BusinessDay

Mene, AfCFTA scribe, urges member-states to domesticate continental trade treaty

African countries have been charged to urgently domesticate the provisions of the African Continental Free Trade Area, (AfCFTA) treaty to fast-track the continent’s economic progress.

Secretary-General of the AfCFTA, Wamkele Mene made the call recently in Accra, Ghana at the maiden edition of the Ghana Trade Policy Enlightenment Summit for Foreigners, GaTPES2022.

GaTPES2022, which was held under the theme ‘Helping foreign businesses to better navigate the trade policy landscape’, was organised by Ghana’s premier travel company, Standard Travel and Tour, STT.

It had the endorsements of the GIPC, RGD, Lands Commission, GRA, FDA, Office of the Speaker of Parliament and the AfCFTA headquarters; and, support from Fine-Prints Limited, Eddu Motors and the Ezeigbo Ghana Foundation, among others

Mene urged state-parties to the AfCFTA agreement to use its provision to build their economies and transform lives.

“The agreement, which is the treaty, needs to be translated into laws; and those laws are then used by the business person in order to do business, and to put money in the pockets of the business person, and to put money in the economy of the country at large,” Mene stated.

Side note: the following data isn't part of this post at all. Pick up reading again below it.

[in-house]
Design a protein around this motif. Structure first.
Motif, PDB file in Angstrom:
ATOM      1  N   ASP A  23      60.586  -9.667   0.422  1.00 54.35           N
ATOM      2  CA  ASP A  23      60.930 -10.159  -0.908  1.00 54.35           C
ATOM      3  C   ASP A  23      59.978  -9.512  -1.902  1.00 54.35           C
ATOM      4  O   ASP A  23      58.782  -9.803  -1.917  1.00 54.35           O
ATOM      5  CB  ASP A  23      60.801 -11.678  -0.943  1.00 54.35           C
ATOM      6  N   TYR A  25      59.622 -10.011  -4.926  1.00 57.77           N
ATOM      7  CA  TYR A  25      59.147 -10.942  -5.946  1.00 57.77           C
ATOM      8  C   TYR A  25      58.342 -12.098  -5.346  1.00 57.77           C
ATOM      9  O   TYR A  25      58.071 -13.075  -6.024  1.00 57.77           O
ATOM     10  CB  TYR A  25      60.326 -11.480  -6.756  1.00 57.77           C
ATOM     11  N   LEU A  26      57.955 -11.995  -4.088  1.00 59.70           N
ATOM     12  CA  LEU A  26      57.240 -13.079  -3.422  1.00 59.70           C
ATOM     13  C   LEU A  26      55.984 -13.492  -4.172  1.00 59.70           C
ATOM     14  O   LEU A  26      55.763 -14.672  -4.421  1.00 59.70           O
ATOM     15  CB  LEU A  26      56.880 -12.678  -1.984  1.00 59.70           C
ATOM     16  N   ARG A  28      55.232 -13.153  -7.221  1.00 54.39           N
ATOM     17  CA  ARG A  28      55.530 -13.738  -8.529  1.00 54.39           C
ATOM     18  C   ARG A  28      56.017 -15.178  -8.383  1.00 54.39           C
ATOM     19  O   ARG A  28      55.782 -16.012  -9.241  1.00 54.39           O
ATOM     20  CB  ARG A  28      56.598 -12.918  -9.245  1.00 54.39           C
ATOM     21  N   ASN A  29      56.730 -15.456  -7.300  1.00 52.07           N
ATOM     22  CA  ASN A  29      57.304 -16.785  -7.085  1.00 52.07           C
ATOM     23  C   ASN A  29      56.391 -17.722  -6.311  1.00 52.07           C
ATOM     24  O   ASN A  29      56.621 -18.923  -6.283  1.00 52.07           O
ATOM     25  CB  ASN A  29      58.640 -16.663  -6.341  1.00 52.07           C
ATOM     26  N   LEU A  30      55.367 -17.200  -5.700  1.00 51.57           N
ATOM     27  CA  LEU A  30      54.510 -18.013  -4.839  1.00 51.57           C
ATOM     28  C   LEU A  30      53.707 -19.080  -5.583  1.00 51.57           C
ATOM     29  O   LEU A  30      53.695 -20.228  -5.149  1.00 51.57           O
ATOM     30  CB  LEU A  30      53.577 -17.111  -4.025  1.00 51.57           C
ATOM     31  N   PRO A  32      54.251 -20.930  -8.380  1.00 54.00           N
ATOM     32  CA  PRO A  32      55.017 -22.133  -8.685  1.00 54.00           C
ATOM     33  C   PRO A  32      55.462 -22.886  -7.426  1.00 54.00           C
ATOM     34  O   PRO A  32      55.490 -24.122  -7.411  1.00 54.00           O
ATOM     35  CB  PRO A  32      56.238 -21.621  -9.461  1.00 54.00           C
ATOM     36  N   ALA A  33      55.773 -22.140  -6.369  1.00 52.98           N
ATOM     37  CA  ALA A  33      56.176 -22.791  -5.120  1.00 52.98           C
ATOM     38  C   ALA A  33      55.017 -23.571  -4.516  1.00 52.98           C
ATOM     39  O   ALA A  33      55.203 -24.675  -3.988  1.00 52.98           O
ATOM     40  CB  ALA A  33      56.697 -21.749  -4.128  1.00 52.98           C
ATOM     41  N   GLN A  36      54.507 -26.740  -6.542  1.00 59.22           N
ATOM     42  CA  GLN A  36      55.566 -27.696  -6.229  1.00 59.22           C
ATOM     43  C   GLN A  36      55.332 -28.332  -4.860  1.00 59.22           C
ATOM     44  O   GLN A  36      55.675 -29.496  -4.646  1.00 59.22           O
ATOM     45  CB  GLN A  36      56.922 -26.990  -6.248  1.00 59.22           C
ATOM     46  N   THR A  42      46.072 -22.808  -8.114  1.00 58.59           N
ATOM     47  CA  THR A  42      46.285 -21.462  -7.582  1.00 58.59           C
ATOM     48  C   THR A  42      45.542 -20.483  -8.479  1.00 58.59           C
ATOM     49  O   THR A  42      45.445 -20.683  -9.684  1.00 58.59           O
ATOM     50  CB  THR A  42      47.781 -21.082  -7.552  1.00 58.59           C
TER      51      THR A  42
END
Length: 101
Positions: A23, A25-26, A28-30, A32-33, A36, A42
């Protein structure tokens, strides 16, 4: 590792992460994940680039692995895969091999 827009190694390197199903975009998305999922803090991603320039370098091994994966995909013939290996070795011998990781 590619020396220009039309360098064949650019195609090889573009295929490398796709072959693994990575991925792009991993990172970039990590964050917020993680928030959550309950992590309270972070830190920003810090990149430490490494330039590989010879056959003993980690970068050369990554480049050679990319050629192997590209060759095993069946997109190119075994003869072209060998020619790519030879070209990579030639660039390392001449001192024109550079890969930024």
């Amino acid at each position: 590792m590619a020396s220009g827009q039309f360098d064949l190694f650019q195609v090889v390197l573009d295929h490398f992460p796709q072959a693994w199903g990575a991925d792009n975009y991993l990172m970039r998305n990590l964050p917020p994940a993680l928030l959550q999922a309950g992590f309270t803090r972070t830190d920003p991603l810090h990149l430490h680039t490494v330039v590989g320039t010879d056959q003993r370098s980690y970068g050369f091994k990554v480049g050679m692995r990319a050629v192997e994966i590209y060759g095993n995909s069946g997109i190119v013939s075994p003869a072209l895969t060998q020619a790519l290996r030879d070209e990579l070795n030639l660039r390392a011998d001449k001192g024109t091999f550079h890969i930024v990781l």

Echoing the same sentiment in his address, the speaker of Ghana’s parliament, Mr. Alban Bagbin, assured of legislative support by the parliament of Ghana to make the AfCFTA and the goal of greater intra-African trade a reality.

“The AfCFTA has come to stay,” he assured.

Mene was represented by Beatrice Chaytor, head of trade in services division at the AfCFTA headquarters; while Bagbin was represented by chairman of the house committee on trade and tourism, and member representing Tema West, Hon. Carlos Kingsley Ahenkorah.

According to Mene: “AfCFTA brings together 1.3 billion people on the African continent. It also brings together the various economic communities. It equally ensures that there are economies of scale. It essentially takes previously small fragmented economies and creates a single African market for trade in goods and trade in services. Additionally, (AfCFTA) will bring together other areas of the economy, such as investments, intellectual property rights, and competition.

Read also:AfCFTA: State govts must strengthen inter-state trade; Experts

There are other legal instruments, called annexes that provide for customs cooperation, technical standards, sanitary standards, rules of origin. Rules of origin help to ensure that only qualifying goods that are made in Africa benefit from the preferences under the AfCFTA agreement.